This year’s Melbourne International Film Festival (MIFF) program, featuring 344 films over 18 days, is pushing the boundaries of pleasantly overwhelming. As well as presenting big-name films from festivals around the world, MIFF 2016 navigates new technologies in cinema and celebrates long-unscreened older films that subvert expectations of length and format.

Headliners is a new section collecting films that have already gained traction at overseas festivals, and as such will most likely be the first to sell out. MIFF artistic director Michelle Carey points to Nicolas Winding Refn’s sinister The Neon Demon as one that is not to be missed, and Park Chan-wook’s The Handmaiden as an erotic thriller likely to get people talking.

The festival will open with the premiere of The Death and Life of Otto Bloom, the debut from Melbourne filmmaker Cris Jones. Abe Forsythe's Down Under, a dark comedy set in the aftermath of the Cronulla Riots, will screen as MIFF's Centrepiece Gala. Closing Night features heist film and Cannes hit Hell or High Water, starring Chris Pine, Ben Foster and Jeff Bridges.

But it is between the big-ticket titles that a festival’s personality shines through. One of the most unusual features has to be A Lullaby To The Sorrowful Mystery, an eight-hour black-and-white film by Filipino director Lav Diaz, which won a Silver Bear at Berlin.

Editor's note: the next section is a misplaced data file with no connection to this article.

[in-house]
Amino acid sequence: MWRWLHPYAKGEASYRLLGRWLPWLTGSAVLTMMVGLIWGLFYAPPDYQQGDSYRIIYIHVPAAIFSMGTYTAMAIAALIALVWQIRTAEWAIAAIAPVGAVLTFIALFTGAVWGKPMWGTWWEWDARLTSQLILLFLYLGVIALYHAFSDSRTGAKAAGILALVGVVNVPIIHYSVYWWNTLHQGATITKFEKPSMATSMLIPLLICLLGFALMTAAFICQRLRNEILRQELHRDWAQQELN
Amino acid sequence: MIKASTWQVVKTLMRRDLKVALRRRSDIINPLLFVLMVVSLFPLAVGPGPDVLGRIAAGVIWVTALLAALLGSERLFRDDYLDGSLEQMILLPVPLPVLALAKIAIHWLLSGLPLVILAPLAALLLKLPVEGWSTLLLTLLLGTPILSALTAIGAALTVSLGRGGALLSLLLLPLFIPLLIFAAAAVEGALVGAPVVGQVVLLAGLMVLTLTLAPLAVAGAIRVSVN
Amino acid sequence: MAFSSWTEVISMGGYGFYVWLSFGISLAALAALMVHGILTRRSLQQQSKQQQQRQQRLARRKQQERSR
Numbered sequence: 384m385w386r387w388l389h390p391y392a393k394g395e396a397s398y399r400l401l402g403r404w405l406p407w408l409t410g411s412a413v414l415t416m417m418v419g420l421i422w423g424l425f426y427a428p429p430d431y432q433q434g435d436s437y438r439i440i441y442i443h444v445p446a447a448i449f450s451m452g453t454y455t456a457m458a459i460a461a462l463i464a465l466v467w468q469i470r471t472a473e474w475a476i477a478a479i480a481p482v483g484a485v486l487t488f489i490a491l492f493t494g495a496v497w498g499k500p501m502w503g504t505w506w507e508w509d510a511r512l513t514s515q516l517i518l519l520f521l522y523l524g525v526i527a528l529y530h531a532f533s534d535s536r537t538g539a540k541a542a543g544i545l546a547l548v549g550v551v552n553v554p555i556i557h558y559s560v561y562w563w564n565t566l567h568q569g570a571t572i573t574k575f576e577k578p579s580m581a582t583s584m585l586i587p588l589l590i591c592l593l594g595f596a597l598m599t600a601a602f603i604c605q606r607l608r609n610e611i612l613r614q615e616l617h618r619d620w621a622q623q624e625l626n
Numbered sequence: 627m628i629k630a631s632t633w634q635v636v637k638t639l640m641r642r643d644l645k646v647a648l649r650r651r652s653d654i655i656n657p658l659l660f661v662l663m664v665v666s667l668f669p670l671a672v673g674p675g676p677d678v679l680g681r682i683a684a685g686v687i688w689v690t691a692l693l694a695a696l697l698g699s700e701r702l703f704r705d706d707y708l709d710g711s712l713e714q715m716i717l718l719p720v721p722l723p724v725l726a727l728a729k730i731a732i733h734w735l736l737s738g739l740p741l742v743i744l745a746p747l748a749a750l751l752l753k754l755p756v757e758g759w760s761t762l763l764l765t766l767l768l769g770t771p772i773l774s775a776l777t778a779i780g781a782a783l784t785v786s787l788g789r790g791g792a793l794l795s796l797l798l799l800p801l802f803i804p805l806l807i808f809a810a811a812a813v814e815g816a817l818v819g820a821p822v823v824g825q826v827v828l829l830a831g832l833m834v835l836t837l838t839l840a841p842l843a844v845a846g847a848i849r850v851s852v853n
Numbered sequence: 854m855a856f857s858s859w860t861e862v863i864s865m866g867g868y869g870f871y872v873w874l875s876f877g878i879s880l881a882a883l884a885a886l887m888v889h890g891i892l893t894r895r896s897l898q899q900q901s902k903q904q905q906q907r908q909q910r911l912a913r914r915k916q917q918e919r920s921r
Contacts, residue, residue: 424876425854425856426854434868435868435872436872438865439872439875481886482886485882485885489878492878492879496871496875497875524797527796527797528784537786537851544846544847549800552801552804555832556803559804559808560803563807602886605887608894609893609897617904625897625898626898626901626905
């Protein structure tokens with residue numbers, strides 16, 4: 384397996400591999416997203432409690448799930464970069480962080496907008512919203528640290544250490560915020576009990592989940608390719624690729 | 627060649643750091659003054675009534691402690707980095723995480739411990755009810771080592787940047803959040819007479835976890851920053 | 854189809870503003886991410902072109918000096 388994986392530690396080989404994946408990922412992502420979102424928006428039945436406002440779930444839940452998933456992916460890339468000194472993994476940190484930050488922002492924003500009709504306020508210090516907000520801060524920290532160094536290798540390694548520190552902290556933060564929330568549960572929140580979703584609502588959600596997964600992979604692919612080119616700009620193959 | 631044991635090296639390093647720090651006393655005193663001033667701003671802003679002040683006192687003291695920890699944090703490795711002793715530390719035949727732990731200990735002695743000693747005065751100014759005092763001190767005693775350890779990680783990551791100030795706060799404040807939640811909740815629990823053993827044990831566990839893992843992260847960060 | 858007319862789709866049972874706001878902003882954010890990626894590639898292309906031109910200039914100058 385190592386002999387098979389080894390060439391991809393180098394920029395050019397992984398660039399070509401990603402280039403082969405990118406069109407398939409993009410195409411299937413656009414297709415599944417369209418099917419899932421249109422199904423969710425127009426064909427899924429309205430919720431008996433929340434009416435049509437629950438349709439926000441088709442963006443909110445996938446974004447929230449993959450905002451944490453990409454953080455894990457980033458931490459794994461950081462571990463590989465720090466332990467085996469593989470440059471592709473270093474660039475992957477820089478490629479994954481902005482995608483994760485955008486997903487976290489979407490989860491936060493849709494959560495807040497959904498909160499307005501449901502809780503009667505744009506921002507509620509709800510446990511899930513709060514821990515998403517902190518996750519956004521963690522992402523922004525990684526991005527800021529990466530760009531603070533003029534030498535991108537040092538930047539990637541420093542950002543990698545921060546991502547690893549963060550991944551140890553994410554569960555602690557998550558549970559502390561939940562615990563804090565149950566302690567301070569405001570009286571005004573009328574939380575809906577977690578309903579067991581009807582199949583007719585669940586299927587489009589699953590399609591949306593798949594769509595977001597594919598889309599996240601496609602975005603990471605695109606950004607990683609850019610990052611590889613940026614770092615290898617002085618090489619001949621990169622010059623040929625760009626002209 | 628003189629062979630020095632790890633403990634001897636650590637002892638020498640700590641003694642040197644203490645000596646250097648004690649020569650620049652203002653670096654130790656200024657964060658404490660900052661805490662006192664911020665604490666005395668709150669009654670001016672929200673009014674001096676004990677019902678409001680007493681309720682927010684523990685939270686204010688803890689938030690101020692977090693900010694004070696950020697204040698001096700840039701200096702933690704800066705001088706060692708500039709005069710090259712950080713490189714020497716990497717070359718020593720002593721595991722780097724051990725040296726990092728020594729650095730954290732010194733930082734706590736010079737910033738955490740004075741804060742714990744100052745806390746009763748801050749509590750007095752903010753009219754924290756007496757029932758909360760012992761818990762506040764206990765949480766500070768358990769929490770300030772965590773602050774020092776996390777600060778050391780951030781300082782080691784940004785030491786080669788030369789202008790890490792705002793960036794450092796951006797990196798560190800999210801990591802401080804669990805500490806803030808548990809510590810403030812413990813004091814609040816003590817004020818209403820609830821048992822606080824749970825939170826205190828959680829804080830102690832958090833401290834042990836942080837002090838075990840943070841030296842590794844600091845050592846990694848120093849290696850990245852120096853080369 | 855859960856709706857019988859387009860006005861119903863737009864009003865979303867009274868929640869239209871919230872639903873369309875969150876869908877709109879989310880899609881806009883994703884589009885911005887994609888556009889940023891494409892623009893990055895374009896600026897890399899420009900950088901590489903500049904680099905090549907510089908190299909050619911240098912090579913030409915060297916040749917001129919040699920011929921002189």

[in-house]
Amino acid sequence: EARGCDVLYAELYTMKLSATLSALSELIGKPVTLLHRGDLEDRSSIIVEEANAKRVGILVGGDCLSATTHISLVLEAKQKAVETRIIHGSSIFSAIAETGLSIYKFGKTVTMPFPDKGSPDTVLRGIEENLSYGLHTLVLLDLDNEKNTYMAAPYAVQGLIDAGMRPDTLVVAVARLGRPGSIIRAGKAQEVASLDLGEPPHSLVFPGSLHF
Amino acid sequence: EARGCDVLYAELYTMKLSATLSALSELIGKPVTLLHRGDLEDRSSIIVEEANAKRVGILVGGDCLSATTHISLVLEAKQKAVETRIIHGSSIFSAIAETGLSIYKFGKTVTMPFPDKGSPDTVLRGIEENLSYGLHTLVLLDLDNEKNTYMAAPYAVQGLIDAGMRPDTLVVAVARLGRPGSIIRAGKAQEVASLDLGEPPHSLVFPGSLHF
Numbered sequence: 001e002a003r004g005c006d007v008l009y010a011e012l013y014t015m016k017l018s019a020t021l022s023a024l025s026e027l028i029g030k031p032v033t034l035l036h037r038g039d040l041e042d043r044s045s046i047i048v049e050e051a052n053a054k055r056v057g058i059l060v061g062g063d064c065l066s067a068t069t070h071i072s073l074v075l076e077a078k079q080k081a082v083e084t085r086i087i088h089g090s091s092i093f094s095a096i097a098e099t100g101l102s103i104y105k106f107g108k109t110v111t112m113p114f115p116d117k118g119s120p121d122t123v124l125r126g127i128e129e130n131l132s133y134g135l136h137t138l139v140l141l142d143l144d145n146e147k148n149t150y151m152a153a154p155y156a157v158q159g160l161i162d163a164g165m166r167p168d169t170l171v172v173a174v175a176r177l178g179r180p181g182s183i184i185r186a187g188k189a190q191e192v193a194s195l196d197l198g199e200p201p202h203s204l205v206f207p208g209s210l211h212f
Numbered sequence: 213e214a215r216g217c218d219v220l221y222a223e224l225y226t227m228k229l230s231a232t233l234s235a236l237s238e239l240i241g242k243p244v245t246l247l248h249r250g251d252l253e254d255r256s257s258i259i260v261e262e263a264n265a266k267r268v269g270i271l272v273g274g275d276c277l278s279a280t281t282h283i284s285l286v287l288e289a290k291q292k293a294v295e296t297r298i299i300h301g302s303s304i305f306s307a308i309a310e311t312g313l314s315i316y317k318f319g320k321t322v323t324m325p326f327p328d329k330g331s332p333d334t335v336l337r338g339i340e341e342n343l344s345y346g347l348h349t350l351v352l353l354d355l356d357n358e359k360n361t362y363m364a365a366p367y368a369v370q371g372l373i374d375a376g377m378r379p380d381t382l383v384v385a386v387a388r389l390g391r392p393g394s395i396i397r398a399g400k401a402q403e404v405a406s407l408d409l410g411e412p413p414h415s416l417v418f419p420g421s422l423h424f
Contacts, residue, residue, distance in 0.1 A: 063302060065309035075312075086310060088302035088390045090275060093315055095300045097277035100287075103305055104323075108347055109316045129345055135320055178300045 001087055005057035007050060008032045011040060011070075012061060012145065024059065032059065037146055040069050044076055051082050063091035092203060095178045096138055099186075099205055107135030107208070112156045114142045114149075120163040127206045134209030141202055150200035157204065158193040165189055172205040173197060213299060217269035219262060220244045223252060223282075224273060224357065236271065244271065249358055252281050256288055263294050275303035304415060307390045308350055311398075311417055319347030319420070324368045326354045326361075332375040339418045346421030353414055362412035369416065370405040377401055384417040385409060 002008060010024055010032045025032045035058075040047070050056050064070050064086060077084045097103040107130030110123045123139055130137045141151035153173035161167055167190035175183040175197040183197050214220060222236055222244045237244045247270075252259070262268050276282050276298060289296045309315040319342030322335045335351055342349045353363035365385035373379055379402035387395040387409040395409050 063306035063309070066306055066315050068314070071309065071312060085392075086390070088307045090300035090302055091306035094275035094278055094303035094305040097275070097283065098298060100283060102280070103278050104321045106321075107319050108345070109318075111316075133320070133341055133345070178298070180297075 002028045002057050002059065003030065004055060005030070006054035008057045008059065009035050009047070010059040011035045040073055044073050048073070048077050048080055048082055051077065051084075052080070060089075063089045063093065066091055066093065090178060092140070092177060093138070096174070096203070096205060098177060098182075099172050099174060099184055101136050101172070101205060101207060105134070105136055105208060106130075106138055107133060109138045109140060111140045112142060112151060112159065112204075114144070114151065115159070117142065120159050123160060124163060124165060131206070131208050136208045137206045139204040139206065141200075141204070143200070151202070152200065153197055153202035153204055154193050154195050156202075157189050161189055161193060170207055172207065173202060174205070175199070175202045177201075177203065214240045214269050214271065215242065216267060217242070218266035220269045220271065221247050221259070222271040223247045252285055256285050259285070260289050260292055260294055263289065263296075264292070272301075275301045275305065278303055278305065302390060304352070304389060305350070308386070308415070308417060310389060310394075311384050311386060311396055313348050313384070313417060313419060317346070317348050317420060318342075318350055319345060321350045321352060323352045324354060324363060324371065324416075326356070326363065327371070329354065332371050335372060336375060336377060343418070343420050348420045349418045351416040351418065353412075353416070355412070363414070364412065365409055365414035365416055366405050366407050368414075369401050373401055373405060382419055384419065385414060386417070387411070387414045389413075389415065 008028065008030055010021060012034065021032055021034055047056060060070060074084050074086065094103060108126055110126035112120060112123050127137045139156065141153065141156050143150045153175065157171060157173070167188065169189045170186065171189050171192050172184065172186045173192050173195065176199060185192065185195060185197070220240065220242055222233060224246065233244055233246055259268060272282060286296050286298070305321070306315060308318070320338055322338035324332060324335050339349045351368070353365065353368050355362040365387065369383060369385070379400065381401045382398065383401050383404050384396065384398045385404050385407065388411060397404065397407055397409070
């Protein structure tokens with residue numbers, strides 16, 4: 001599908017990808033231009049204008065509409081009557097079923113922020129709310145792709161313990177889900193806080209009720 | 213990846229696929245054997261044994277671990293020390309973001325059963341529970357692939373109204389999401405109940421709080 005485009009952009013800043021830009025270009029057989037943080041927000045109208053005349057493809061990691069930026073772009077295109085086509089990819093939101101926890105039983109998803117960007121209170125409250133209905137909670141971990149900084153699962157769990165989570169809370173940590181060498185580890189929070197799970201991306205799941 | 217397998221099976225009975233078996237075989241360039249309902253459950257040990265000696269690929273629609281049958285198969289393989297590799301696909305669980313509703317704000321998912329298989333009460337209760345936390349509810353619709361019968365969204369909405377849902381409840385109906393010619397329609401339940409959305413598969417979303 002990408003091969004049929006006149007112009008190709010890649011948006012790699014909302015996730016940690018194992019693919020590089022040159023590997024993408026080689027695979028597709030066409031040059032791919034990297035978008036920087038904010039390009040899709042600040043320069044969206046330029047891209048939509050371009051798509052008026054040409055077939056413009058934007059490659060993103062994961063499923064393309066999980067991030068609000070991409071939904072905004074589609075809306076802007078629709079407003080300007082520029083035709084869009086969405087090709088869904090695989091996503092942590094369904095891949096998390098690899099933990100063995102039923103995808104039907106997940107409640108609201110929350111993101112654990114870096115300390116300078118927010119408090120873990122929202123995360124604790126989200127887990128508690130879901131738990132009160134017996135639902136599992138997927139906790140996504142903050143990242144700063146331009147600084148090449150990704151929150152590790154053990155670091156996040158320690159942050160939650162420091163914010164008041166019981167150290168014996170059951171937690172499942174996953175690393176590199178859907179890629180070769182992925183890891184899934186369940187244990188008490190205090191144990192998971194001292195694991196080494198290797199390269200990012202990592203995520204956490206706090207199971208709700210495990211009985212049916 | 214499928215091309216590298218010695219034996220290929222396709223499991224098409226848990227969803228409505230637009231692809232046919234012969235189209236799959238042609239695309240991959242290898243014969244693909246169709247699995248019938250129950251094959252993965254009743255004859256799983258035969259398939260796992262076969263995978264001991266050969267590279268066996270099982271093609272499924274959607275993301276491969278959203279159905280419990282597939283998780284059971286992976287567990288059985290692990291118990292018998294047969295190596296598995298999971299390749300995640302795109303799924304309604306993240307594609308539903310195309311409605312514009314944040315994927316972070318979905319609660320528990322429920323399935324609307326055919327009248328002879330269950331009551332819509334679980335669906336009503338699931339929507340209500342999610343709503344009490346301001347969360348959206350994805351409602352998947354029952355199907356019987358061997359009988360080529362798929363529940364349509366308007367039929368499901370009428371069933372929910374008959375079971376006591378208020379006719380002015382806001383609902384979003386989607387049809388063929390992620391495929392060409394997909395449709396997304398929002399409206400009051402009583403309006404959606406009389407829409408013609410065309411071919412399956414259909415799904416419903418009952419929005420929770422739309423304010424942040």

Carey also highlights her love of the retrospectives program. “I think it’s really important to keep older films alive amongst the newer films. We have a program this year called Gaining Ground which is about women directors from the ’70s and ’80s working in New York, and that has some of my favourite movies in it.”

In contrast, the latter half of the festival has a big focus on virtual reality, including many Australian premiere films in the format, as well as a symposium exploring how virtual reality and filmmaking are intersecting, and where this will head in the future. Jessica Brillhart, principal filmmaker for virtual reality at Google, will be a guest of the festival.

In keeping with the old-and-new feel of this year’s festival is pop-up bar The Blackhearts Club will. Modelled after a 1930s speakeasy and run by sibling-owned Blackhearts & Sparrows, the bar will channel the golden age of Hollywood inside the Forum Theatre – for the in-between times.

The Melbourne International Film Festival runs from July 28 to August 14.

It's important to find somewhere to digest the films you see. Explore our guide to eating and drinking in Melbourne during MIFF.

Broadsheet is a proud media partner of MIFF.

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